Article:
P12 MEDIA DAY: Boehm Makes the Switch

This summer, Bryce Treggs has had to break in a new member of his wide receiver corps -- former QB Kyle Boehm -- and evaluate each of the signal-callers who may be throwing him the ball.

CULVER CITY, Calif. -- California wide receiver Bryce Treggs was even-handed and savvy when asked about which of the three quarterbacks -- Zach Kline, Jared Goff or Austin Hinder -- looked the best during summer workouts, saying that each of the three had their good days and their bad.

"It's like a see-saw," Treggs said. "One day, one guy looks like he's going to be The Guy, and then the next day, another guy looks like he's going to be The Guy."

The question of who will run the Golden Bears' new Bear Raid offense is perhaps the most important one facing head coach Sonny Dykes, and he hopes to get the decision made as soon as possible.

"We're going to get them back out there and start all over again," Dykes said of the quarterback competition that consumed all of spring, and will re-commence when Cal hits camp on August 4. "The idea is to narrow it down to two as quickly as possible, and that may be the first day."

Having a quarterback set early is of particular importance to Treggs, who recalls all-too-clearly the feeling of uncertainty when Jeff Tedford told the team the night before last season's opener against Nevada that Allan Bridgford would be starting in place of Zach Maynard.

"We never practiced with Bridgford until the game, and [when the game started] it was like, there goes Bridgford," Treggs said. "When you look at most of the teams in the Pac-12, everybody has their quarterback set, so that means that the receivers are getting time in with their quarterback, and they're getting the chemistry with their starting quarterback, while we're deciding who the starter is still. So we're a bit behind in that sense because we don't have timing with that quarterback, and we don't have chemistry with one specific guy. So once we name a starter, I think our offense will be that much better because we'll only be throwing with that person."

While speaking about the offensive line and sacks, Dykes cited how important a quarterback's sense of timing and feel in the pocket are to the success of this offense, which itself depends greatly on timing.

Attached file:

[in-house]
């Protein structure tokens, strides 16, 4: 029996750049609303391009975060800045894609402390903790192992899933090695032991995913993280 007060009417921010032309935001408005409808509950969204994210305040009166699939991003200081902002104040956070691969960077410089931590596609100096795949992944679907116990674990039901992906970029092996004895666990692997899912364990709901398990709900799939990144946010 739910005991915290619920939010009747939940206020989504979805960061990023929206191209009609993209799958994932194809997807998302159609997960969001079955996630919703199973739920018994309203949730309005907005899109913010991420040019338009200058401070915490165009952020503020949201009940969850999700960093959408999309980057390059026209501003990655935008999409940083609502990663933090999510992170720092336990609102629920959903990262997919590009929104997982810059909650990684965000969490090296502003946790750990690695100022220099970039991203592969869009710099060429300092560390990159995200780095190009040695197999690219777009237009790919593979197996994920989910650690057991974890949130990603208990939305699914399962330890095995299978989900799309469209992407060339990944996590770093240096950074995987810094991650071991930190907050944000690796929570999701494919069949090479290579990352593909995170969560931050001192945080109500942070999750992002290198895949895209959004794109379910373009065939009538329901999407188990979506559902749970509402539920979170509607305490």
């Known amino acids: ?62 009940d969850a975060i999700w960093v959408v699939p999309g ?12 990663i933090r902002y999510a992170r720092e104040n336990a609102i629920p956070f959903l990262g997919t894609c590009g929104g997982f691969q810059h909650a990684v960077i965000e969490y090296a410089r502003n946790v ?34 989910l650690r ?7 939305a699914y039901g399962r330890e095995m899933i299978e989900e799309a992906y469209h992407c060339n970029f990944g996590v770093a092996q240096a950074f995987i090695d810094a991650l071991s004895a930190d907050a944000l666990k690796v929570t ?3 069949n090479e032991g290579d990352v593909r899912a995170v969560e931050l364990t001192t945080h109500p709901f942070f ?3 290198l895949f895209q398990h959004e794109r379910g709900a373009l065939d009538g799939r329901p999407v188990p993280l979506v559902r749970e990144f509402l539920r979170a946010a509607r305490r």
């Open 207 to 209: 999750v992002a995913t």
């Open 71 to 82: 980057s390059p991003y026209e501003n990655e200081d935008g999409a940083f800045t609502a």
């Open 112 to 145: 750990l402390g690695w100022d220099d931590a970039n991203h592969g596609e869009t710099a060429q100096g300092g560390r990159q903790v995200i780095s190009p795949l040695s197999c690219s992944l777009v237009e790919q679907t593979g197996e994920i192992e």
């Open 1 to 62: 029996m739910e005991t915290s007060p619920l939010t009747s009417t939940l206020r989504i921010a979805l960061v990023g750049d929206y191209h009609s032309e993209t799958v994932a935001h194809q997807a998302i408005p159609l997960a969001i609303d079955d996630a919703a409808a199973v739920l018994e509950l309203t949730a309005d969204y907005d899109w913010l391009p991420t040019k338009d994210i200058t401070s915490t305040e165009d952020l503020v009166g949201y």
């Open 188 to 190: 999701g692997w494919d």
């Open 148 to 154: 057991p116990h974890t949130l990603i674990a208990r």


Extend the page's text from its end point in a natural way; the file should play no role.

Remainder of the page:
"How quickly does your quarterback get rid of the football? If he stands back there and he's a statue and holds the ball, then you give up sacks," Dykes said. "That's part of it. If he can move a little and shuffle and work the pocket, that helps. It helps the offensive line. If he gets rid of the ball – if he has a sense of timing and a sense of when the pocket's collapsing – then he can prevent you from getting sacks."

One player who is no longer in the discussion is Kyle Boehm. Not only is the 6-foot-3, 215-pound quarterback out of San Jose (Calif.) Archbishop Mitty is listed as a receiver in the Bears media guide, switching from No. 6 to No. 17.

"Kyle, he's very athletic, surprisingly," said Treggs. "He has really good hands, so when he goes out there, we really don't have to coach him up. He's just a natural athlete. He understands how to run routes, and he understands how to catch the ball."

Boehm originally experimented as an inside receiver during spring ball, and after watching more of Boehm's high school tape, the staff decided to make the move permanent.

"He's going to play the inside receiver/fullback guy for us," Dykes said. "He could potentially do some things at quarterback, so we'll see. I like his toughness. I like the way he responded to the move, just as far as putting team first. I love the way he responded to that move. That's a hard thing to do, to say, ‘Hey, we're going to play you some place you've never played before,' but he's physical and he's tough and mean. He catches the ball extremely well. If you're that guy, who's a tough, mean guy with a big body and good hands, this is the offense for you.

"The thing is, he's a big, tough kid. We watched his high school tape, so we knew he was a good athlete, we knew he could run around pretty well. We knew he was pretty physical. How well he could catch the ball, that's one of the things you don't know until you stick him in there, but we saw him do those things and, instead of just making him the fifth-team quarterback who stands there with a clipboard and is pissed off all the time, let's let him try to help us win. He kind of liked it, caught a ball here or there and said, ‘OK, I can do this.'"

Along with Jake Davis and Jacob Wark, Boehm could very well play a big part in the Bone – or Diamond – formation.

"He's a Lucas Gingold type of guy," Dykes said. "That's four of those guys who we think give us some options. Who ends up doing what, we'll let that play out. There's four big-body types there, who give us a chance to be a little more diverse than we've been at times in the past."

The beauty of the Bone formation, of course, is that it is incredibly versatile, with both run and pass options to both sides without changing formation.

"We always talk about simplifying the game, and [the Bone] really simplifies the game," Dykes said. "If they play with one safety and try to get other guys in the box, then we have easy throws on the outside. Are they going to play two safeties and give you numbers in the run game? If you have a really good receiver – which, I think we have some guys who are pretty good – it allows you to isolate those guys in one-on-one. It's a good set for us. It allows us to play with different personnel and run the football and do some good things."

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